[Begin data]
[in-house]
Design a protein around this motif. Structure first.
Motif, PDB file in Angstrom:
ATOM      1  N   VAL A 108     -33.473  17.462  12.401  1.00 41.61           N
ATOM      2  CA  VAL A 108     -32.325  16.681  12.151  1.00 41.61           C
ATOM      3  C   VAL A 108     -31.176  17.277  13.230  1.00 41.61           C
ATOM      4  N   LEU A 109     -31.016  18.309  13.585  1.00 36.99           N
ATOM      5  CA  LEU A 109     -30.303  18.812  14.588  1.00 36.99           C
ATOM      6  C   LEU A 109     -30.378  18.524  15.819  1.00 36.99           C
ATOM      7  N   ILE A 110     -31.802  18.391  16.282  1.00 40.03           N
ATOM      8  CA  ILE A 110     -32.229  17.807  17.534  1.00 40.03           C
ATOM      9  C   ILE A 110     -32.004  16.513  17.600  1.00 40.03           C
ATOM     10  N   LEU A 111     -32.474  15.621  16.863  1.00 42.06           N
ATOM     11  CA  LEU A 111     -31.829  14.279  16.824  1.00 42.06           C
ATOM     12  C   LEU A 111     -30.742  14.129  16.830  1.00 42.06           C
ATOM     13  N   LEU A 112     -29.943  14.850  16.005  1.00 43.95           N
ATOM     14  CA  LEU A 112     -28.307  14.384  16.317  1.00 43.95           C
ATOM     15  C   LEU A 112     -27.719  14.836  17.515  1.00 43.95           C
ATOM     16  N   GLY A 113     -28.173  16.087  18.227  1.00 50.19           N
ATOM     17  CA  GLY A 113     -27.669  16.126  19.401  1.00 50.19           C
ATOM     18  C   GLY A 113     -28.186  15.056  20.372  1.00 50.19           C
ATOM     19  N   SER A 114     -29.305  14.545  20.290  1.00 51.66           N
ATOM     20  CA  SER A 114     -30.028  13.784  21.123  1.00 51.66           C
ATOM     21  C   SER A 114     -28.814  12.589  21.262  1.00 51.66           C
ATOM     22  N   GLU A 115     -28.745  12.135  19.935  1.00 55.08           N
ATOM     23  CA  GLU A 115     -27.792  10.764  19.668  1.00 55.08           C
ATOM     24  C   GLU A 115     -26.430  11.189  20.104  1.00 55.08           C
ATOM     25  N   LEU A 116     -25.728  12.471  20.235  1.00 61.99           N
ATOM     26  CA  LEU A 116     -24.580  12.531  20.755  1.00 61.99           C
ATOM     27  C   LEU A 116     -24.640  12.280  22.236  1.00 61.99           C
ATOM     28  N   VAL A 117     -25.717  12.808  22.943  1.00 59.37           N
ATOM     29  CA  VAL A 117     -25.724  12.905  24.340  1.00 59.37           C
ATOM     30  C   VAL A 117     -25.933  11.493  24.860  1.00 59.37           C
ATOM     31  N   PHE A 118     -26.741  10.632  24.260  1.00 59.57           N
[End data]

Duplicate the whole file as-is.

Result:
[in-house]
Design a protein around this motif. Structure first.
Motif, PDB file in Angstrom:
ATOM      1  N   VAL A 108     -33.473  17.462  12.401  1.00 41.61           N
ATOM      2  CA  VAL A 108     -32.325  16.681  12.151  1.00 41.61           C
ATOM      3  C   VAL A 108     -31.176  17.277  13.230  1.00 41.61           C
ATOM      4  N   LEU A 109     -31.016  18.309  13.585  1.00 36.99           N
ATOM      5  CA  LEU A 109     -30.303  18.812  14.588  1.00 36.99           C
ATOM      6  C   LEU A 109     -30.378  18.524  15.819  1.00 36.99           C
ATOM      7  N   ILE A 110     -31.802  18.391  16.282  1.00 40.03           N
ATOM      8  CA  ILE A 110     -32.229  17.807  17.534  1.00 40.03           C
ATOM      9  C   ILE A 110     -32.004  16.513  17.600  1.00 40.03           C
ATOM     10  N   LEU A 111     -32.474  15.621  16.863  1.00 42.06           N
ATOM     11  CA  LEU A 111     -31.829  14.279  16.824  1.00 42.06           C
ATOM     12  C   LEU A 111     -30.742  14.129  16.830  1.00 42.06           C
ATOM     13  N   LEU A 112     -29.943  14.850  16.005  1.00 43.95           N
ATOM     14  CA  LEU A 112     -28.307  14.384  16.317  1.00 43.95           C
ATOM     15  C   LEU A 112     -27.719  14.836  17.515  1.00 43.95           C
ATOM     16  N   GLY A 113     -28.173  16.087  18.227  1.00 50.19           N
ATOM     17  CA  GLY A 113     -27.669  16.126  19.401  1.00 50.19           C
ATOM     18  C   GLY A 113     -28.186  15.056  20.372  1.00 50.19           C
ATOM     19  N   SER A 114     -29.305  14.545  20.290  1.00 51.66           N
ATOM     20  CA  SER A 114     -30.028  13.784  21.123  1.00 51.66           C
ATOM     21  C   SER A 114     -28.814  12.589  21.262  1.00 51.66           C
ATOM     22  N   GLU A 115     -28.745  12.135  19.935  1.00 55.08           N
ATOM     23  CA  GLU A 115     -27.792  10.764  19.668  1.00 55.08           C
ATOM     24  C   GLU A 115     -26.430  11.189  20.104  1.00 55.08           C
ATOM     25  N   LEU A 116     -25.728  12.471  20.235  1.00 61.99           N
ATOM     26  CA  LEU A 116     -24.580  12.531  20.755  1.00 61.99           C
ATOM     27  C   LEU A 116     -24.640  12.280  22.236  1.00 61.99           C
ATOM     28  N   VAL A 117     -25.717  12.808  22.943  1.00 59.37           N
ATOM     29  CA  VAL A 117     -25.724  12.905  24.340  1.00 59.37           C
ATOM     30  C   VAL A 117     -25.933  11.493  24.860  1.00 59.37           C
ATOM     31  N   PHE A 118     -26.741  10.632  24.260  1.00 59.57           N